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  • Dougie

Small town on a cold autumn morning.

We drove to Gundaroo in New South Wales for lunch in a restaurant named Grazing to mark Spike's 49th birthday which falls on Tuesday (when we'll both be at work). The restaurant is in the former Royal Hotel established, I think I recall from a sign, in 1865. I assume it was once a coaching house on a route from Sydney, Australia's largest city by far in the mid-1800s, to southern regional towns -- agricultural centres like Albury, gold mining towns in Victoria.

The food was good rather than outstanding (the restaurant has a reputation our lunch didn't quite live up to). We were persuaded to try the pre-entrée appetisers. Spike enjoyed her four oysters (two different preparations). I enjoyed my 'small' prawn brioche sandwich. Rather larger than an appetiser in both cases. My tortellini starter filled with ricotta on a potato puree was pleasant rather than "wow". Spike's kingfish 'pastrami' slices were nice (damned, I suppose, by faint praise).

We both chose ocean trout with fennel, mussels and what might have been a mild prawn and tomato bisque. My trout was overcooked, I think it's fair to say. The mussels were a salty contrast but the fennel got lost somehow; overwhelmed by the bisque (whatever it might have been and that wasn't clear to me). My choice of dessert was a salted caramel and hazelnut parfait, hazelnut brittle and chocolate cookie crunch which I did enjoy very much. Spike chose coconut mouse with rhubarb, lime and Davidson plumb meringue. It was delightful too, the sharpness of the rhubarb in particular. Desserts were the standout dishes of the day.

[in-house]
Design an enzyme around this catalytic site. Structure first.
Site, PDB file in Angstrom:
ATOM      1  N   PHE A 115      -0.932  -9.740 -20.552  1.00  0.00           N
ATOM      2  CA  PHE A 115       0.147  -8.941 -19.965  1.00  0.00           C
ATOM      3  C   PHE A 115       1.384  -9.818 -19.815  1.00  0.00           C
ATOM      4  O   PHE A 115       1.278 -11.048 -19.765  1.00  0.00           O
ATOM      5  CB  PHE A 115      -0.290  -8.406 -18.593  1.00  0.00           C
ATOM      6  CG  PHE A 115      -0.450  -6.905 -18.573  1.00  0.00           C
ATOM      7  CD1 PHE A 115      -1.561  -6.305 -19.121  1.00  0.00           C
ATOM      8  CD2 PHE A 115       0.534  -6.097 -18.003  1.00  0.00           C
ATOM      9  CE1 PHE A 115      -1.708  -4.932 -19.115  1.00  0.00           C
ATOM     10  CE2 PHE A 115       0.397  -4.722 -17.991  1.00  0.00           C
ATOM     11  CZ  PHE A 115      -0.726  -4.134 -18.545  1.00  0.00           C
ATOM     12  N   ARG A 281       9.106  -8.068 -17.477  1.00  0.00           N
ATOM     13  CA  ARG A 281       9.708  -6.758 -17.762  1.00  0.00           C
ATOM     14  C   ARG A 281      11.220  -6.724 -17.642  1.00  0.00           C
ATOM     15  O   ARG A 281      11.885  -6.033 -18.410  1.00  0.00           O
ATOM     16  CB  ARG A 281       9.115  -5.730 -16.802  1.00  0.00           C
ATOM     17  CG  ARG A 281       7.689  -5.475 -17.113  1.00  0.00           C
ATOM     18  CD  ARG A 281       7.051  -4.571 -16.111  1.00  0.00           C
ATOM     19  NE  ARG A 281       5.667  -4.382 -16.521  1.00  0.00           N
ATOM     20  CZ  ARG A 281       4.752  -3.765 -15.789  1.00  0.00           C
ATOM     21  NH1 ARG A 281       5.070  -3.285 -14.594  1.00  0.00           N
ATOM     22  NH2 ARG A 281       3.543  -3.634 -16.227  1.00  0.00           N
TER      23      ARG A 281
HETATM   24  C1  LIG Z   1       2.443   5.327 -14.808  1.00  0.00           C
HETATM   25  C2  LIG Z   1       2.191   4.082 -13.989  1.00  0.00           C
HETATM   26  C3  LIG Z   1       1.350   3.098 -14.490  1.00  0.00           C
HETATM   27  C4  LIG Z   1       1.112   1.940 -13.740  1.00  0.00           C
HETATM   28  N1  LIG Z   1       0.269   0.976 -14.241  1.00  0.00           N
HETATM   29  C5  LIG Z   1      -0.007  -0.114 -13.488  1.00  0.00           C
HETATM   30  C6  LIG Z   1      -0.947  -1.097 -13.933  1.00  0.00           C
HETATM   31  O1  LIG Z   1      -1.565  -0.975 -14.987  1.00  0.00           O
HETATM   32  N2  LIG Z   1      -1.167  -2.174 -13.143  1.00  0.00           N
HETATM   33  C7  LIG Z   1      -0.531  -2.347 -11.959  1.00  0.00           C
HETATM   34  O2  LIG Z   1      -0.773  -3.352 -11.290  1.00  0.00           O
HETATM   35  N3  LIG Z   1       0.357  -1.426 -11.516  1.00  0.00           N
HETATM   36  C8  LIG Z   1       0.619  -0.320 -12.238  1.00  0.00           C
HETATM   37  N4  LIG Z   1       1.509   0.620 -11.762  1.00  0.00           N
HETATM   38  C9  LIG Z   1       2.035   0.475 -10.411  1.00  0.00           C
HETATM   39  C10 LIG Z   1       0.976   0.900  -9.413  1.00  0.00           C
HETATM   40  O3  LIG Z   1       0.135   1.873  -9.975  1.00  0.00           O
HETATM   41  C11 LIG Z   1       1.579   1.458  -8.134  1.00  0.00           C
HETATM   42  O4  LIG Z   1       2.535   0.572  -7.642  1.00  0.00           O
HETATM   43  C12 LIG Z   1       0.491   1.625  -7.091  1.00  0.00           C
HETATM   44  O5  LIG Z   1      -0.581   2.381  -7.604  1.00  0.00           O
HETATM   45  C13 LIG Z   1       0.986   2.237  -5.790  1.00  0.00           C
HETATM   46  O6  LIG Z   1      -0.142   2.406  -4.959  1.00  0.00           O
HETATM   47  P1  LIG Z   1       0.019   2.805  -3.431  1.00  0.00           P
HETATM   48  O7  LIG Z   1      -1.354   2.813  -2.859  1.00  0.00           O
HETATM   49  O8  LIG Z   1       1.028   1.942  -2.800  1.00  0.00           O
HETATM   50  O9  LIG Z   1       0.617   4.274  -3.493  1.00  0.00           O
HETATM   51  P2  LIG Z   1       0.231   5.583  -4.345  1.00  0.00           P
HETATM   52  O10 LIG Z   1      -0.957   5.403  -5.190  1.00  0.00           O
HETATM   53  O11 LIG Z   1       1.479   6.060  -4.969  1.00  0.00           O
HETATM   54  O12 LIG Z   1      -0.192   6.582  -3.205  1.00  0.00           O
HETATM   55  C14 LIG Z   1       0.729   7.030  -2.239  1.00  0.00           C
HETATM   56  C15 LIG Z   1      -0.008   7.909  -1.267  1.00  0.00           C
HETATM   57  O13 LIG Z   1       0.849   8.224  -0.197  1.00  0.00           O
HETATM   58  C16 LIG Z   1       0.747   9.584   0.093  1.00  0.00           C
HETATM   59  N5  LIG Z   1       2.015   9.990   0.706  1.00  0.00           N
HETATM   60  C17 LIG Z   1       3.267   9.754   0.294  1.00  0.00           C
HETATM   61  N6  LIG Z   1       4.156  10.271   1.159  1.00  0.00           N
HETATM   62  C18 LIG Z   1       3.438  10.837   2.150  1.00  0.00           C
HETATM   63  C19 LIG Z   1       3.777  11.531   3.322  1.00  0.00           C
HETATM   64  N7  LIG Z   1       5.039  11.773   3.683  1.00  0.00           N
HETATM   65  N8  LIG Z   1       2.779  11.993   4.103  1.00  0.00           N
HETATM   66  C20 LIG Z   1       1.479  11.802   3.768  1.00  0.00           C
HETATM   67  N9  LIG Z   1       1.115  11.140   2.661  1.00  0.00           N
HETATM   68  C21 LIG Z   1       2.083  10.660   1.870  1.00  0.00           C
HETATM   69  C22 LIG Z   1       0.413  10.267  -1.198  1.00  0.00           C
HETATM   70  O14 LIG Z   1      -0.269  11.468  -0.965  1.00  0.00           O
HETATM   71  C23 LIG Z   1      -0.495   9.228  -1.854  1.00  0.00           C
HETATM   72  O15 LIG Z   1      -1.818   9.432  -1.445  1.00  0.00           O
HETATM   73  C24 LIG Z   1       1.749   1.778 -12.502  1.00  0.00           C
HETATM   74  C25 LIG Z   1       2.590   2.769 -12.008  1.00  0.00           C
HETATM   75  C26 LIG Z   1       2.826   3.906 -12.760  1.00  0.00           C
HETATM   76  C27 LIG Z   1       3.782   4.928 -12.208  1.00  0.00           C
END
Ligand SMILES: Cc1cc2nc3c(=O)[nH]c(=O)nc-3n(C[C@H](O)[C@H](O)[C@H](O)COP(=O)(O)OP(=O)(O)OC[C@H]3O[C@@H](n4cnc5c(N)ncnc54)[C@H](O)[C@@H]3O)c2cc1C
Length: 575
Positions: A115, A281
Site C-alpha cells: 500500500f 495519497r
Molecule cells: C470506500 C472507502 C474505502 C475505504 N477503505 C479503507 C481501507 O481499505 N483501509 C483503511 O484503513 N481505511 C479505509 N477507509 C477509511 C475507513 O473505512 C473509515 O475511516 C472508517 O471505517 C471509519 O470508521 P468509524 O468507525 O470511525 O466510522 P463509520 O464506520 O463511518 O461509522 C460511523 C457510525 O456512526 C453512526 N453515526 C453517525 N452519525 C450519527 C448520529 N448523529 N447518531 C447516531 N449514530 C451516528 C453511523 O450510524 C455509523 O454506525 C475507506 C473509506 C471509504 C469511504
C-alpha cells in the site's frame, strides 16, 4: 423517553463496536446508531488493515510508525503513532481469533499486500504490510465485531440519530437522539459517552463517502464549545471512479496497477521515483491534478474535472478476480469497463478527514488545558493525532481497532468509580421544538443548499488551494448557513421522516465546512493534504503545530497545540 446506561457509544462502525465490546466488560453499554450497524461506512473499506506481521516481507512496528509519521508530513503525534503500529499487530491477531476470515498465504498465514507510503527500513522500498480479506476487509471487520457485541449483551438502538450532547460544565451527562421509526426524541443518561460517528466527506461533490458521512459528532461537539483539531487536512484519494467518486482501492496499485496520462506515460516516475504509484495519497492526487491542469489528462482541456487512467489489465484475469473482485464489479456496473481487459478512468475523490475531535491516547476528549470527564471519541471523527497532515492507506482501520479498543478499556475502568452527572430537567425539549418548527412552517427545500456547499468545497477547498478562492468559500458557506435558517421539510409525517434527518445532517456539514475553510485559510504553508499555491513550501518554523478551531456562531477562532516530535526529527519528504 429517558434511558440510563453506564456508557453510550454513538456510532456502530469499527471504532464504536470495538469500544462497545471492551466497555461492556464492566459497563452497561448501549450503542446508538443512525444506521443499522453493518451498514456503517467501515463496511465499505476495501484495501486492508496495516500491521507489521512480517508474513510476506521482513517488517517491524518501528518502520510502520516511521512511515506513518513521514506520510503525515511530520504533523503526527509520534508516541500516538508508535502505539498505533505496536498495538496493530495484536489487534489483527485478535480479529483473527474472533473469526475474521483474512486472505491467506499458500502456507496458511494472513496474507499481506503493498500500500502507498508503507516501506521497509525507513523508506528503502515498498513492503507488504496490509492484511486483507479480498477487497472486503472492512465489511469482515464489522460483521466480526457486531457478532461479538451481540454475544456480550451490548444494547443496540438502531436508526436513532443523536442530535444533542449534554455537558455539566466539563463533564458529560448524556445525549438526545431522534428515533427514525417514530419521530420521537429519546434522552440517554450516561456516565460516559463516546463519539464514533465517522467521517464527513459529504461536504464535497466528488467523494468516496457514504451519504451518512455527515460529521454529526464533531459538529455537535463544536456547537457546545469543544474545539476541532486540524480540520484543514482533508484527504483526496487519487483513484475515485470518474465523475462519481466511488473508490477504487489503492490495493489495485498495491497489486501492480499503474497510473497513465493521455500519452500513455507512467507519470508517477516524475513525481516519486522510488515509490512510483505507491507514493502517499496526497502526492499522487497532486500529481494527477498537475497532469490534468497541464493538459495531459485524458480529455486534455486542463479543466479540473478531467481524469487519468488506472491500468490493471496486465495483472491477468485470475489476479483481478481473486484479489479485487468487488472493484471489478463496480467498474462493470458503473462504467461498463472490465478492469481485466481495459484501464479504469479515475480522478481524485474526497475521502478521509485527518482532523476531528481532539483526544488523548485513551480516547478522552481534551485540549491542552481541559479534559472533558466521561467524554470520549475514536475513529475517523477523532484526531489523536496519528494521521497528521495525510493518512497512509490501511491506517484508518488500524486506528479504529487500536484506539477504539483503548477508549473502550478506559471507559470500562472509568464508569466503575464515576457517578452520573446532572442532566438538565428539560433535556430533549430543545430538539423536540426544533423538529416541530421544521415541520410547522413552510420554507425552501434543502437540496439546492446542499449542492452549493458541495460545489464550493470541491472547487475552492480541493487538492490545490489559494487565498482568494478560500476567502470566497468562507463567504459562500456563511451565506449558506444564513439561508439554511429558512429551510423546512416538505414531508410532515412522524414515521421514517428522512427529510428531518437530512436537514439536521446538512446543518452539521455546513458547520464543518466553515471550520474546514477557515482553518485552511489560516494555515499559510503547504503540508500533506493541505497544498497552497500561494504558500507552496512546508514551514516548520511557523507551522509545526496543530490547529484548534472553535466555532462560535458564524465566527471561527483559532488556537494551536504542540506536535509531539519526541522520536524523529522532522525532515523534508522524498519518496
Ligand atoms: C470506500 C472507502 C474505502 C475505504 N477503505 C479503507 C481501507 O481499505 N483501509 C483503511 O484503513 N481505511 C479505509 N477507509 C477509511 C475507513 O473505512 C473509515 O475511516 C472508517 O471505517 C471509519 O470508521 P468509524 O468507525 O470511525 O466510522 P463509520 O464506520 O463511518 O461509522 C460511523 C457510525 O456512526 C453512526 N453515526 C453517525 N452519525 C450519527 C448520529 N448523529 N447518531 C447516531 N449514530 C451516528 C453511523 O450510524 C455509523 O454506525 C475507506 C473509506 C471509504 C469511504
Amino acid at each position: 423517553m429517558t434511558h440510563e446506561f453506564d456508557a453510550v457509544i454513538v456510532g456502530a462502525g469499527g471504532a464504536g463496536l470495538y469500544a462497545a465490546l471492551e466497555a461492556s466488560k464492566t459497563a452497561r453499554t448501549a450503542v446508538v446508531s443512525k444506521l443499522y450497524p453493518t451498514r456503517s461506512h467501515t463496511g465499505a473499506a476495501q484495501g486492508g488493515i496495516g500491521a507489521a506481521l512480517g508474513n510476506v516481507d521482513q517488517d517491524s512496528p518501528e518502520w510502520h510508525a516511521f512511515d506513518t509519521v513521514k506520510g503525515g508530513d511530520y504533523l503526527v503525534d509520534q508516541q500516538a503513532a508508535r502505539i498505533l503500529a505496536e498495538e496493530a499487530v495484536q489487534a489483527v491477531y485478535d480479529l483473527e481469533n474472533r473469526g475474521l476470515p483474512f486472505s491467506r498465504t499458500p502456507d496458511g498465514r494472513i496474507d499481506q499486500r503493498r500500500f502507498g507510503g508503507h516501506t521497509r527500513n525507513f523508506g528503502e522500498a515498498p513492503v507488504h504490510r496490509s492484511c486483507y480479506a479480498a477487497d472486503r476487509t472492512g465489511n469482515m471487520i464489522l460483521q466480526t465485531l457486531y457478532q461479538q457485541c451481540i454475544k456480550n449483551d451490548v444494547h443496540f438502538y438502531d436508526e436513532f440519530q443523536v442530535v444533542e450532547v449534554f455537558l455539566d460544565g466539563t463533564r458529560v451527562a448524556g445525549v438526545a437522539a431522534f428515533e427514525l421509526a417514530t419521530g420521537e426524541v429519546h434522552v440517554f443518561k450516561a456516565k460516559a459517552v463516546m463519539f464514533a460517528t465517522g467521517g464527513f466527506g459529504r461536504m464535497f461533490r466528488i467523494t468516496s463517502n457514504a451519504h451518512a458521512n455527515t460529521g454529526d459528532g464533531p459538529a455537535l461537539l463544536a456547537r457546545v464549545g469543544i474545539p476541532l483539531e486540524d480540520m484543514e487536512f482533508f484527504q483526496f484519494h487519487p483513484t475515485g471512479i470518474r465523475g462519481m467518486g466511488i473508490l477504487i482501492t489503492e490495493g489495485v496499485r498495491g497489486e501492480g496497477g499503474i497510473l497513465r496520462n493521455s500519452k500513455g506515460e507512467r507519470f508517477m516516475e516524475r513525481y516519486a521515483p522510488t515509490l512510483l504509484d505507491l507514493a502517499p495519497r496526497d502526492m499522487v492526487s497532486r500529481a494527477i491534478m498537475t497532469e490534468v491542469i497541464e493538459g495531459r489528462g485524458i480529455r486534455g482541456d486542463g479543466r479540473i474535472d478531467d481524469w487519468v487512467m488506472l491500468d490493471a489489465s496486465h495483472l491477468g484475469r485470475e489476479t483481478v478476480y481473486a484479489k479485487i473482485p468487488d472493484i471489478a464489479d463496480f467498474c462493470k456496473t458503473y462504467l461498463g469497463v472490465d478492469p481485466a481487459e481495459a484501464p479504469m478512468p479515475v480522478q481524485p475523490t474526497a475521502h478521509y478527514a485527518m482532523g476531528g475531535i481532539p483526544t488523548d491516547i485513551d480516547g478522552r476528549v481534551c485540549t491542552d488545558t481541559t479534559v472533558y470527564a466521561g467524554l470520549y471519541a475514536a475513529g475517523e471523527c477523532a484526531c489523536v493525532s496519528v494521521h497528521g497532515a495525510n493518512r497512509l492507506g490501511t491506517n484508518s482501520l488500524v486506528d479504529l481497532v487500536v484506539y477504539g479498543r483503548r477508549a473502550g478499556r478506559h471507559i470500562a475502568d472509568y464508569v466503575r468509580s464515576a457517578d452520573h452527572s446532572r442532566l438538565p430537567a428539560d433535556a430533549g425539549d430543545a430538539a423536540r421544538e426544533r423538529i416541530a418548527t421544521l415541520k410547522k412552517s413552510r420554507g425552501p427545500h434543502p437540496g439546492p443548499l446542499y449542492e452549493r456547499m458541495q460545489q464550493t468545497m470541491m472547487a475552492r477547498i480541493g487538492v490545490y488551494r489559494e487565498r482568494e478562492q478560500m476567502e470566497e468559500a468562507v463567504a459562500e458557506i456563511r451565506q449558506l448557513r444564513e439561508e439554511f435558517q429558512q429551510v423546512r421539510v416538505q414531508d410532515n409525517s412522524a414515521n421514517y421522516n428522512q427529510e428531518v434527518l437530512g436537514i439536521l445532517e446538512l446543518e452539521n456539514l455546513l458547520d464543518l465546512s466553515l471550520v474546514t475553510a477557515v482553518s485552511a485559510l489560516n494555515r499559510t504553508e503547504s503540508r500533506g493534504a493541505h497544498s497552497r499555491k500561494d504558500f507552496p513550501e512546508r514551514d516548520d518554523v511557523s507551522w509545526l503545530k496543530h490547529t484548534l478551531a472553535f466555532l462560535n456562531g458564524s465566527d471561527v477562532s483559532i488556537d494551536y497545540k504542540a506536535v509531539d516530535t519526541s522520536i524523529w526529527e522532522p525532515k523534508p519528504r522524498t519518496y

I don't mean to sound overly critical. We had a good meal in a pleasant restaurant, sitting at a table next to a roaring fire. And Spike seemed happy which is all that matters.

After lunch we wandered down Gundaroo's main street. It's another of those tiny towns that was once on a route between important places. I imagine there were times of vibrant activity, coaches coming and going, travellers, dramas.

Now it's a sleepy wee place on the Canberra wine trail with a good restaurant, a pub, a pizza place and not much more. It's 15 minutes drive from the federal highway that bypassed such towns thirty years ago. It's forty minutes drive on a quiet Sunday morning from our house in south Canberra. And a light year away from it's founding purposes.

But we enjoyed our day.

Spike bought some books in a secondhand shop (she's almost finished reading one of them) and a milk jug for $68, part of a Royal Doulton tea service from the 1940s. On the way home we stopped in Bunnings, Fyshwick where Spike bought some earth. Tomorrow, a public holiday, she may plant some bulbs.

As for me? Same as always. Grateful and happy to spend time with Spike, making our way through the world together.

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